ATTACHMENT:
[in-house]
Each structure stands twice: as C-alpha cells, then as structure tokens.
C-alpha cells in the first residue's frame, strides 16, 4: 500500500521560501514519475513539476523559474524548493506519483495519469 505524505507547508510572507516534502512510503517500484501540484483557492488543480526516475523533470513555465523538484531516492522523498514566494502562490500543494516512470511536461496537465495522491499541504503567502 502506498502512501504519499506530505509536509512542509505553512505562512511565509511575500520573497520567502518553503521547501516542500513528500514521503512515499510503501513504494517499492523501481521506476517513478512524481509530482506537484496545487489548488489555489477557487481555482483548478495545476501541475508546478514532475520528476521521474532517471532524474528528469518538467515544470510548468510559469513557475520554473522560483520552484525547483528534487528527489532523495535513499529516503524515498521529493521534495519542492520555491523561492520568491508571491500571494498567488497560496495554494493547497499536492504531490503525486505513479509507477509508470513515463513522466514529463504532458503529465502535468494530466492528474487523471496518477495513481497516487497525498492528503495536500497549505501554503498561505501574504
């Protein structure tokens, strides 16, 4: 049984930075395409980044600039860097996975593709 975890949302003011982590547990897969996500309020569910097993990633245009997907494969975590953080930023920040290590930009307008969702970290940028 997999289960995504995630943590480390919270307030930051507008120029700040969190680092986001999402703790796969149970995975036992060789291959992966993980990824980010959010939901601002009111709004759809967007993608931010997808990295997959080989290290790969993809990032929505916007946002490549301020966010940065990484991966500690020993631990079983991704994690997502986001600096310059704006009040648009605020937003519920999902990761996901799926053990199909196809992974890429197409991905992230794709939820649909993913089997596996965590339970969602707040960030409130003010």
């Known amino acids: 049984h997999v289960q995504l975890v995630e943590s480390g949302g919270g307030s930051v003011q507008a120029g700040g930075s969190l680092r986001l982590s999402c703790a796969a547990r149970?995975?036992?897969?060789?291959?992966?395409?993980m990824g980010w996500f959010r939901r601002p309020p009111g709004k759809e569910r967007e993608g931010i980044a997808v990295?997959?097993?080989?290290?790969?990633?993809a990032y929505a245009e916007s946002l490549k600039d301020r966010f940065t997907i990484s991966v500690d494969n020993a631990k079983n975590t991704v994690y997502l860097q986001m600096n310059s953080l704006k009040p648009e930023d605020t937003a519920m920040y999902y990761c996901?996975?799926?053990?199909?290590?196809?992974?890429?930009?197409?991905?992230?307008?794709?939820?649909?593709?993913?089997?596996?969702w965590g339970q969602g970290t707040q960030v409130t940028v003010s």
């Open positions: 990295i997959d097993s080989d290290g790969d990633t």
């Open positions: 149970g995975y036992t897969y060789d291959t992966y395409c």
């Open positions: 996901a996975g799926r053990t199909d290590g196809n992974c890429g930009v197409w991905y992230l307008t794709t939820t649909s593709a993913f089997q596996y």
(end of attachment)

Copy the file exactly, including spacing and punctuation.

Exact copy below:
[in-house]
Each structure stands twice: as C-alpha cells, then as structure tokens.
C-alpha cells in the first residue's frame, strides 16, 4: 500500500521560501514519475513539476523559474524548493506519483495519469 505524505507547508510572507516534502512510503517500484501540484483557492488543480526516475523533470513555465523538484531516492522523498514566494502562490500543494516512470511536461496537465495522491499541504503567502 502506498502512501504519499506530505509536509512542509505553512505562512511565509511575500520573497520567502518553503521547501516542500513528500514521503512515499510503501513504494517499492523501481521506476517513478512524481509530482506537484496545487489548488489555489477557487481555482483548478495545476501541475508546478514532475520528476521521474532517471532524474528528469518538467515544470510548468510559469513557475520554473522560483520552484525547483528534487528527489532523495535513499529516503524515498521529493521534495519542492520555491523561492520568491508571491500571494498567488497560496495554494493547497499536492504531490503525486505513479509507477509508470513515463513522466514529463504532458503529465502535468494530466492528474487523471496518477495513481497516487497525498492528503495536500497549505501554503498561505501574504
């Protein structure tokens, strides 16, 4: 049984930075395409980044600039860097996975593709 975890949302003011982590547990897969996500309020569910097993990633245009997907494969975590953080930023920040290590930009307008969702970290940028 997999289960995504995630943590480390919270307030930051507008120029700040969190680092986001999402703790796969149970995975036992060789291959992966993980990824980010959010939901601002009111709004759809967007993608931010997808990295997959080989290290790969993809990032929505916007946002490549301020966010940065990484991966500690020993631990079983991704994690997502986001600096310059704006009040648009605020937003519920999902990761996901799926053990199909196809992974890429197409991905992230794709939820649909993913089997596996965590339970969602707040960030409130003010």
């Known amino acids: 049984h997999v289960q995504l975890v995630e943590s480390g949302g919270g307030s930051v003011q507008a120029g700040g930075s969190l680092r986001l982590s999402c703790a796969a547990r149970?995975?036992?897969?060789?291959?992966?395409?993980m990824g980010w996500f959010r939901r601002p309020p009111g709004k759809e569910r967007e993608g931010i980044a997808v990295?997959?097993?080989?290290?790969?990633?993809a990032y929505a245009e916007s946002l490549k600039d301020r966010f940065t997907i990484s991966v500690d494969n020993a631990k079983n975590t991704v994690y997502l860097q986001m600096n310059s953080l704006k009040p648009e930023d605020t937003a519920m920040y999902y990761c996901?996975?799926?053990?199909?290590?196809?992974?890429?930009?197409?991905?992230?307008?794709?939820?649909?593709?993913?089997?596996?969702w965590g339970q969602g970290t707040q960030v409130t940028v003010s």
């Open positions: 990295i997959d097993s080989d290290g790969d990633t």
């Open positions: 149970g995975y036992t897969y060789d291959t992966y395409c």
């Open positions: 996901a996975g799926r053990t199909d290590g196809n992974c890429g930009v197409w991905y992230l307008t794709t939820t649909s593709a993913f089997q596996y």